Tapping the Federal Pipeline: UNCFSP Interim CEO Michael Hester Works to Ensure That Minority-Serving Institutions Stay Competitive When Pursuing Federal Contracts
Hawkins, B. Denise, Diverse Issues in Higher Education
In late November, one of the most memorable calls Michael Hester, interim CEO of the United Negro College Fund Special Projects Corp., or UNCFSP, answered came from a large, top-tier defense contractor looking to partner with his constituents, HBCUs and other minority-serving institutions, on a federal contract worth $10 billion. But on most days, Hester, a former NASA contractor, is concerned with eliminating the glaring racial and economic disparities that exist in contract awards and federal research and development, or R&D, expenditures for higher education. Only about 1.4 percent of the more than $32 billion in federal funds expended for R&D in higher education went to Black colleges, says Hester, citing a 2008-2009 National Science Foundation report.
The 11-year-old non-profit corporation known as UNCFSP, a separate entity from the United Negro College Fund, is working to change that, Hester says, even as federal dollars shrink and trends for doing business with the government are pointing away from grants and to contract awards, an arena where many minority institutions are not used to competing successfully.
That means, says Hester, UNCFSP must ramp up its more than 35-member team of proposal writers, researchers, federal government liaisons and procurement experts, trainers and workshop leaders who also track the dollars and opportunities, while assisting HBCUs, Hispanic-serving institutions, tribal colleges and underrepresented students with building capacity to compete for higher education research dollars and contracts.
"We recognize that to identify, go after and capture those new and emerging opportunities, you've got to have the hunters and people with the skill sets to go out and do it," adds Hester, who served as COO of UNCFSP until April. Following is a Q&A with Hester.
DI: When you follow the contract where are they concentrated?
MH: Today, the dollars are being spent in areas like cyber security, infrastructure protection, biotechnology, veteran's affairs for warrior support and also for wounded warriors who are transitioning back to the larger society.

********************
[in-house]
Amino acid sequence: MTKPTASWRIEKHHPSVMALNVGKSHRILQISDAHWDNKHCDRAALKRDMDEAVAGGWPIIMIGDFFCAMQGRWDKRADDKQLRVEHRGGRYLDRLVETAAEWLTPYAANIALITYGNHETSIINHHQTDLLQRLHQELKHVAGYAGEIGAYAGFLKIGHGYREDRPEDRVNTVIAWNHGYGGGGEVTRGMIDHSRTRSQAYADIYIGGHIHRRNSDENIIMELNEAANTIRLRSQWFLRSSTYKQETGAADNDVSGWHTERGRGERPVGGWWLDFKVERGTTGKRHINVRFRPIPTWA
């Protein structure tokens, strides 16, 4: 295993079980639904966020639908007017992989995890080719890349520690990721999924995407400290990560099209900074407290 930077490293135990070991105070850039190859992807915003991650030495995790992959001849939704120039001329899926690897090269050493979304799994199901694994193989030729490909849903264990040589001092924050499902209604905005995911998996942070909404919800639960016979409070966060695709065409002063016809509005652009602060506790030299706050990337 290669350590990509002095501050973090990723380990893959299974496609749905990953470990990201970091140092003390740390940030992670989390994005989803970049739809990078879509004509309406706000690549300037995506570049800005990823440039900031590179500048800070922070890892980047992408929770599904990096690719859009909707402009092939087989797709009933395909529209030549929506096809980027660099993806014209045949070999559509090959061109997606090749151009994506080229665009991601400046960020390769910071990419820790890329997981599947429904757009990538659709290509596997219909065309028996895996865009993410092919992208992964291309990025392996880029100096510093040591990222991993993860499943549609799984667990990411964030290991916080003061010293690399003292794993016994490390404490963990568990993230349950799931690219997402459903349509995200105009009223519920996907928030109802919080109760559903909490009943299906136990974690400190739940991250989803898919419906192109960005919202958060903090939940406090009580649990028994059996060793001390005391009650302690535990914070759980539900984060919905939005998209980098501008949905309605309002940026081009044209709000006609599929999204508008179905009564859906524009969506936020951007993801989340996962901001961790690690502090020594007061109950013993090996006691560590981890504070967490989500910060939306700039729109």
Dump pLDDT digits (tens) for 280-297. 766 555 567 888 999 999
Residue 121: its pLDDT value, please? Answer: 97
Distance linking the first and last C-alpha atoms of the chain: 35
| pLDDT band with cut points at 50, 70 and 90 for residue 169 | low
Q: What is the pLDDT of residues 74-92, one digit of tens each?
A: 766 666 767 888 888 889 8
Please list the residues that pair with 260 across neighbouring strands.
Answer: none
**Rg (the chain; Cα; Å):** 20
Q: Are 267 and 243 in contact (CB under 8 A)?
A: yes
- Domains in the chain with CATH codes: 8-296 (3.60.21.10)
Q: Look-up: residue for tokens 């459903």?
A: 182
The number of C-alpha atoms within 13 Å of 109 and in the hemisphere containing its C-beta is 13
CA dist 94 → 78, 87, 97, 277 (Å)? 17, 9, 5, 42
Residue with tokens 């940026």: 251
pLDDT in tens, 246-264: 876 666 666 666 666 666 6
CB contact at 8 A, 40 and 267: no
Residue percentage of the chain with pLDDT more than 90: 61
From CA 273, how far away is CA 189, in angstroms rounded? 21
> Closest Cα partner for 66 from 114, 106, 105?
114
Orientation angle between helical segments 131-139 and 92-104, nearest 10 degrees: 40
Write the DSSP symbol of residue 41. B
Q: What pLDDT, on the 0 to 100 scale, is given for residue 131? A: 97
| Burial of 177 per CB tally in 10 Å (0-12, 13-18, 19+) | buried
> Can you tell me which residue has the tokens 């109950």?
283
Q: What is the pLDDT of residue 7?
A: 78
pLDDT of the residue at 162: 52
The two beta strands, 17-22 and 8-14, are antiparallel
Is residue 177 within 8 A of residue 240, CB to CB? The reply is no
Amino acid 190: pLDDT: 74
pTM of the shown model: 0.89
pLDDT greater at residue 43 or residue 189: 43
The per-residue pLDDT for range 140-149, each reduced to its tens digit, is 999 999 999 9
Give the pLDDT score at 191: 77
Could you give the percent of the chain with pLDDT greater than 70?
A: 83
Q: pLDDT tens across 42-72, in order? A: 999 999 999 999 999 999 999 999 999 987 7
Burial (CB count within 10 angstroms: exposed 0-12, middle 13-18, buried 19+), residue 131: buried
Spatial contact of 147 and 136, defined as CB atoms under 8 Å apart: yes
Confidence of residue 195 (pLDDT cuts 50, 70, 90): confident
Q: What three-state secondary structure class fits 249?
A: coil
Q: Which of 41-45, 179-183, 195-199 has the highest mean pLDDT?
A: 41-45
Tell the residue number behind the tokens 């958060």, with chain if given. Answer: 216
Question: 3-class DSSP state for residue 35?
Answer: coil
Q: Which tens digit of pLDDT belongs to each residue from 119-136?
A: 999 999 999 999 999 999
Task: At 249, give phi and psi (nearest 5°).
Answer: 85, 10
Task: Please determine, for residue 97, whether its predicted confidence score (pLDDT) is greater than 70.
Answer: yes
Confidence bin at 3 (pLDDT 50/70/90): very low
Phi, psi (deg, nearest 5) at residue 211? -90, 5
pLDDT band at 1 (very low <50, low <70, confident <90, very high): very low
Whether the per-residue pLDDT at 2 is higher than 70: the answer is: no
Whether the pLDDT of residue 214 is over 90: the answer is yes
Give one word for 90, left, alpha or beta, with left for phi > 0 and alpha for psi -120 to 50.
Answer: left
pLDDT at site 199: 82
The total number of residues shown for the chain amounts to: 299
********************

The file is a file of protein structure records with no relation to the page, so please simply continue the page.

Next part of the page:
DI: How is UNCFSP helping minority-serving institutions respond to these new and emerging business areas of national focus?
MH: We are spending time gathering information about the technical capacity of our minority institutions to ensure that they can make those connections on the federal side. Our schools have tremendous talent who can play a part in solving national issues, and it makes technical and economic sense to involve that talent. But, unfortunately, we know from statistics that the talent that exists within the minority education community is untapped.
We also try to package the collective value of our schools--what they offer that can solve those national issues. We have put together a consortium of 44 schools that have signed on as members.
DI: What kinds of partners and contracts has the consortium been able to attract?
MH: We are a formidable team that attracts strategic partners like private industry. On the defense side, for example, we attract some of the top 20 defense contractors; many have contracts that have requirements for using minority institutions. To help facilitate connections to the talent at these institutions, we use the consortium as a mechanism to make that happen. UNCFSP also facilitates the bid process. But being a part of the consortium doesn't preclude the institutions from going out and doing great things on their own. That does happen. You have schools like Claflin, Hampton University, Morgan State University and others that are doing wonderful things. Those schools, on their own, are able to identify and capture opportunities through their own teams. But that's not the case for all of our schools. Many of them are still struggling to get into the federal marketplace, not so much with the grants but the contracts, which are a different animal.
DI: What are some of the greatest challenges HBCUs and other minority-serving institutions face in entering that marketplace and capturing federal contracts?